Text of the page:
Lawrence Romine, VP of Corporate Marketing for Altium discusses what new features you can expect from Altium Designer® 20, which will be available later this year.

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Show Highlights:

  • Lawrence has been with Altium for almost 15 years. At the time, the move to offshore manufacturing was prevalent and his previous experience with semi-conductors and FPGAs fit in well with Altium’s FPGA strategy. Since then, he has been involved in almost every facet of the business.
  • What are the trends in the industry and why is Altium making some of the decisions we are with our product?  Mainly the extreme pressure of speed and meeting intense release dates. More than half of our customers are doing 10 new designs a year and 40% of them are doing more than 25 PCB designs each year.
  • This trend brings the rise of the ‘all-purpose engineer’, however, the majority of our customers are Electrical Engineers and due to the complexities and data rates of design, engineers and PCB designers must absorb more of the technical aspects and procurement responsibilities.
  • What is Altium doing to absorb these trends and enhance the user experience? Altium is clearly the number one professionally-used PCB design tool. We are now in the space where the user-imperative is paramount, meaning, we must engage with users and are in the process of aligning the entire company with that strategy. 
  • We are diligent not to leave our existing customers behind. Some of our power users advised that they aren’t keen on some prior changes, so in Altium Designer 20 you’ll have, for example, a re-factored properties panel.
  • The unified design model is coming back and being enhanced in Altium Designer 20, for example, dynamic, automatic compilation.
  • The 3-release arc between Altium Designer 18 and Altium Designer 20 includes changing to 64-bit, changing the user interface, the new layer stack manager, and specifically, the materials library and the field solver technology.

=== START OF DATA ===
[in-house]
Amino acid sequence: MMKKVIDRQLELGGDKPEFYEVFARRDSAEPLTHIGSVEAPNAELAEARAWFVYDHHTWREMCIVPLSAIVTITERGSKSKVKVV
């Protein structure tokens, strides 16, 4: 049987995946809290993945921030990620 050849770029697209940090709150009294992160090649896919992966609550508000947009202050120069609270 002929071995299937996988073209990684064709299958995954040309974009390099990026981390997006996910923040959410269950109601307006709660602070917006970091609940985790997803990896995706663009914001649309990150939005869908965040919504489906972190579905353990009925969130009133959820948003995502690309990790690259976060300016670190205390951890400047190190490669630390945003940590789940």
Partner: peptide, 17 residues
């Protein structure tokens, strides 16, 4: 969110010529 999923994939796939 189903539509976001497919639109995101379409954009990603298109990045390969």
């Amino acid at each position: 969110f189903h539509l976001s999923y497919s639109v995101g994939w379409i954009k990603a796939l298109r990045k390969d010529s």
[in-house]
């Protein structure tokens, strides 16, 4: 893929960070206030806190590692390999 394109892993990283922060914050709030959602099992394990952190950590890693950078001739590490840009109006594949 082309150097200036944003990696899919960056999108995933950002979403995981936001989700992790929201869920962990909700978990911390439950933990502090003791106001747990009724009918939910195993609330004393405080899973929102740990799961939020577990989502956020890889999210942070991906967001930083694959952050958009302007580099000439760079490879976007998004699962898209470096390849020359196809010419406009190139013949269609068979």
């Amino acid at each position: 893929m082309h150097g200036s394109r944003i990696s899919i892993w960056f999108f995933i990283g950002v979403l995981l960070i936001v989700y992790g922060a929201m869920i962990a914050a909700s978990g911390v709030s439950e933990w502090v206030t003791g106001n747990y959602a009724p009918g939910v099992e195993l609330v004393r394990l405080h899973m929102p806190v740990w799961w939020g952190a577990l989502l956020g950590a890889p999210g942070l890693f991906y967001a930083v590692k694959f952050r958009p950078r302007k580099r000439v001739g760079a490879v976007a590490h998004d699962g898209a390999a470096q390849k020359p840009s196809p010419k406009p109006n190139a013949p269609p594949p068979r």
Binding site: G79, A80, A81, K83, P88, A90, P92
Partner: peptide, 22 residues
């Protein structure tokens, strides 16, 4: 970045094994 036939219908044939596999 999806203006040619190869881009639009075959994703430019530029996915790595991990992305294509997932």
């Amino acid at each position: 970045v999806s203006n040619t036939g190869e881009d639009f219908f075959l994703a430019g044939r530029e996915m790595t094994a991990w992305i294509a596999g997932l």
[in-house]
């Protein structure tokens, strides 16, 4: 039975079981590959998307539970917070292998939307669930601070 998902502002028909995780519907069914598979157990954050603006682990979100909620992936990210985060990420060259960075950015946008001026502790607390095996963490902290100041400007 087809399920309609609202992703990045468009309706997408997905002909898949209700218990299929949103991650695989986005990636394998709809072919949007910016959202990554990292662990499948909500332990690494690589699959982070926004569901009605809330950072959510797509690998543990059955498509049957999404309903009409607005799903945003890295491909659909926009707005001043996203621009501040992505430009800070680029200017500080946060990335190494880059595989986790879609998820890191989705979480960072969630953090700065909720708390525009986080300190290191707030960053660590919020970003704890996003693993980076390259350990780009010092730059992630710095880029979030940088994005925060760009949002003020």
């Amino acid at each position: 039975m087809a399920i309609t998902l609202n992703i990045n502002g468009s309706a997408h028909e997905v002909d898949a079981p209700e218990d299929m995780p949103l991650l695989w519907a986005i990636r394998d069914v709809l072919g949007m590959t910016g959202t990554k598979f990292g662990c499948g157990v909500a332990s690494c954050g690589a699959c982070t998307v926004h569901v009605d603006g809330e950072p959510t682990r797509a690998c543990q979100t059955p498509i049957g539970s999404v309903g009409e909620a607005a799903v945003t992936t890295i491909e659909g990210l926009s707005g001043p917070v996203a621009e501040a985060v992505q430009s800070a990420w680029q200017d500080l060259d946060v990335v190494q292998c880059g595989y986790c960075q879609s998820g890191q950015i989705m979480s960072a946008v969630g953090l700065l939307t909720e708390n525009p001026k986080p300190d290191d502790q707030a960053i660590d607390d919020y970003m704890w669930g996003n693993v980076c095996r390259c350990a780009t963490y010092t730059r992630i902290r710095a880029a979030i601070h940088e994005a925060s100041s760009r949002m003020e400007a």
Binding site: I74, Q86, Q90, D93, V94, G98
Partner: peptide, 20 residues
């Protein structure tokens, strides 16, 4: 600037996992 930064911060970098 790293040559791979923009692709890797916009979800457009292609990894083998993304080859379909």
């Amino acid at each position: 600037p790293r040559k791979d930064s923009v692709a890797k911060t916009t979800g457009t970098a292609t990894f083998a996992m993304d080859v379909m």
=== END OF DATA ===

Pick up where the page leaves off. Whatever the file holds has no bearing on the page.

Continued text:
• The star of Altium Designer 20 is undoubtedly interactive routing–and is already being received exceedingly well. What we have now is peerless. 
  • The new differential pair capability with its elegance of operation is exceptional, as well as the angle routing which can route any angle.  
  • Other aspects of Altium Designer 20 set us up for future development work: the first thing you’ll notice on a very large, dense schematic, is that it will be smoother and panning and zooming are enhanced. 
  • The new SPICE simulator was added by user request; all the models you can throw at it should work, but more development is underway.
  • We added more advancements to multi-board design, such as ACTIVEBOM®, which now supports all the boards in a multi-board project. 
  • 3D PDF support has been enhanced, we added some library migration capability to ease the transition into Concord Pro™. 
  • We also added the ability to place components on the mechanical CAD side. 
  • If you’re doing high-voltage design, we’ve added some new creepage rules, crossover- and return path rules.
  • Where are we with bug fixing? We’ve never neglected it, but perception is a reality for the person who is experiencing an issue, so an area where you will begin to see a significant enhancement is direct engagement in our forums, on the BugCrunch itself, on the ideas forum; as a mandate from the CEO directly.
  • Altium Designer 20 is addressing twice as many bugs as the previous version, which amounts to +-120 bugs being crunched, based on votes collected on Altium BugCrunch

 BugCrunch

Graph of Unique users impacted by bug fixes

See What's New. Altium Designer 20, A Computer Aided PCB design Software.

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